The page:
From the press release:

"As Celera continues sequencing the human genome, an important next step is the understanding of both gene and protein function. The sophisticated Panther algorithms developed by MAG scientists allow Celera's subscribers access to crucial information derived from the genomic sequencing data.

"This should ensure that medically significant gene targets are chosen, potentially reducing the time and cost of drug development. Using evolutionary analysis across species, Panther technology provides a very accurate classification of protein function."

Celera's stock rose 30% on today's news, which is good for the BreakerPort, but there's no great reward in it for you or me if we don't own the stock. There shouldn't be a rush, however. If the company is to succeed, it will succeed long term. If you're thinking of owning a piece of the company, frequent Celera's message board as part of your research. One recent post to read is ElricSeven's summary of his tour of the company's facilities. Read about the Celera tour here.

Whether your plans include Celera or not, as a Rule Breaker investor planning for future investments, I would consider focusing on three key areas for new ideas. We can call them the "Three Big Bs":

1) bio sciences
2) business-to-business e-commerce
3) broadband equipment

In my opinion, leading companies in these three areas promise to have very strong five-year periods of growth (five years being a minimum length for a long-termer). In the Fool's review of 1999, we touch on these industries and offer some investing prospects.

We'll talk about these industries in the weeks ahead. One thing to keep in mind: when you consider biotech companies, don't forget the pharmaceutical giants that stand to benefit tremendously. If your tolerance for risk is low, consider buying a company like Pfizer (NYSE: PFE) to capitalize on a coming biotech revolution.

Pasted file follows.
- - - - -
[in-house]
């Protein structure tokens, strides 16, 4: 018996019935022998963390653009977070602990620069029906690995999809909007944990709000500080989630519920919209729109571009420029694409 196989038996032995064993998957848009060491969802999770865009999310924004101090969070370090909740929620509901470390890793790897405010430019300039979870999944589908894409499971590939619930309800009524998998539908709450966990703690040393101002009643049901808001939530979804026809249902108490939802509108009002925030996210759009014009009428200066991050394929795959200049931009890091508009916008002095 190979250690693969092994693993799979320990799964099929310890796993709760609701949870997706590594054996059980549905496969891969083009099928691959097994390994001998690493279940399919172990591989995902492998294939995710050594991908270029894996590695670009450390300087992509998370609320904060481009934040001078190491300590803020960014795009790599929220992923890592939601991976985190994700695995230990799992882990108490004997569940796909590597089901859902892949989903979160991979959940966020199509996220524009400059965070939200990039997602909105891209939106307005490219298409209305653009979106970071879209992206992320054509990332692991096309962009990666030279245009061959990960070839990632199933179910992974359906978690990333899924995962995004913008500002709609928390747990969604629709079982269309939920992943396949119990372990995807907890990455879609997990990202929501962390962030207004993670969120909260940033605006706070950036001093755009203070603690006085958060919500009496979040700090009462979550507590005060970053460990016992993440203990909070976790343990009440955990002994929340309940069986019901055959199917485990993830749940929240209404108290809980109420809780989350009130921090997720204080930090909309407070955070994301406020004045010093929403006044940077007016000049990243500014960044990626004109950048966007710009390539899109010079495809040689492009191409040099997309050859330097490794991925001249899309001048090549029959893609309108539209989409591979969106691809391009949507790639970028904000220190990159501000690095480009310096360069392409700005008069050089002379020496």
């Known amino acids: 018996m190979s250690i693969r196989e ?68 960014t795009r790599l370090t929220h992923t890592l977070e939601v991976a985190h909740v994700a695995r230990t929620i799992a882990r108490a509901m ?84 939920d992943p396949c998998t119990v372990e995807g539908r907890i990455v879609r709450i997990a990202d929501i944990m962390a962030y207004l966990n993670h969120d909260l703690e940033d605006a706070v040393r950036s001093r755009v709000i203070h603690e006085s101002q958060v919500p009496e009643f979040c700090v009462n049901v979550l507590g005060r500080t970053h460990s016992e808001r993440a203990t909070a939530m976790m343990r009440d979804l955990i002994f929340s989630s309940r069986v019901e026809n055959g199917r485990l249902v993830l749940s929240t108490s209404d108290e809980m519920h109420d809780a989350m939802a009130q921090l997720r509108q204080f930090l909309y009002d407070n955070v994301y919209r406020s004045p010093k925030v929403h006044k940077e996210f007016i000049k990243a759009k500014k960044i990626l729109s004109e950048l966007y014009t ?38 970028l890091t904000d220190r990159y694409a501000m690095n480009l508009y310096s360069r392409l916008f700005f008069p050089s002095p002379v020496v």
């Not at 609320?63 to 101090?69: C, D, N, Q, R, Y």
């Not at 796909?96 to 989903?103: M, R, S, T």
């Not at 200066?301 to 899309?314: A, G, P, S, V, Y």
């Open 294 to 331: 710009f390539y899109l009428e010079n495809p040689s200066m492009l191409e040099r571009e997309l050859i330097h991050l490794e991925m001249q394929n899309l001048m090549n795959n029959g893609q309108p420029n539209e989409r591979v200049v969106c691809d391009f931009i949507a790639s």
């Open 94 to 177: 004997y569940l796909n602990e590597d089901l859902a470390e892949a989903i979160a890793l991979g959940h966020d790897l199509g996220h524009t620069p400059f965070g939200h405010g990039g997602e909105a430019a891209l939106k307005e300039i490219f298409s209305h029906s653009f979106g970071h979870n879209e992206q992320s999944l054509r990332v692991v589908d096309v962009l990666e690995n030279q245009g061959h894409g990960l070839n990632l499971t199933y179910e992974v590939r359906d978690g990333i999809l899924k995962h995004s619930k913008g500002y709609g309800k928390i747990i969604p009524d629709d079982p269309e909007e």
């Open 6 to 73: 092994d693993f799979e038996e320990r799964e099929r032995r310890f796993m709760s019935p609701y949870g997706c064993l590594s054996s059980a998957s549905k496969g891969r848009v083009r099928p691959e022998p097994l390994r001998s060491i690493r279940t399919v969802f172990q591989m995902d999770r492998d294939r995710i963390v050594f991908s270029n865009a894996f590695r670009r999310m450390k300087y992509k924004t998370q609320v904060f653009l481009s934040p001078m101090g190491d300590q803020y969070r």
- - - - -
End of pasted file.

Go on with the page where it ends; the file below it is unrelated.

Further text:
Consider Giving
Many Rule Breaker investors have achieved tremendous returns on investments the past years. Please consider giving something back to the society from which you've benefited. The Fool, which promotes charity every year, is making it very easy to give online to Foolish, efficient and effective charitable organizations. Please consider giving, if you can and haven't. As a bonus, when you give this week, every dollar that you give is matched by one of two generous Fools. So, whatever you give, it doubles immediately. To easily give online, please follow this link.

Play Foolmania!
When's the last time you played a stock market game in which you could kidnap a garbage man named Melvin?

We've just finished producing our first ever card game, and we're giving away copies to the first 300 Fools who sign up! The game is called Foolmania, and it's a simple, sassy, strategic game centered on building a Foolishly diversified investment portfolio. It can be played by 2-4 players and is a great way to spend time with the spouse, family, best friends, neighbors, or inmates of your choice.

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Have a great, healthy holiday!

Something we do care about: The Motley Fool's 1999 Charity Drive. Have you donated yet?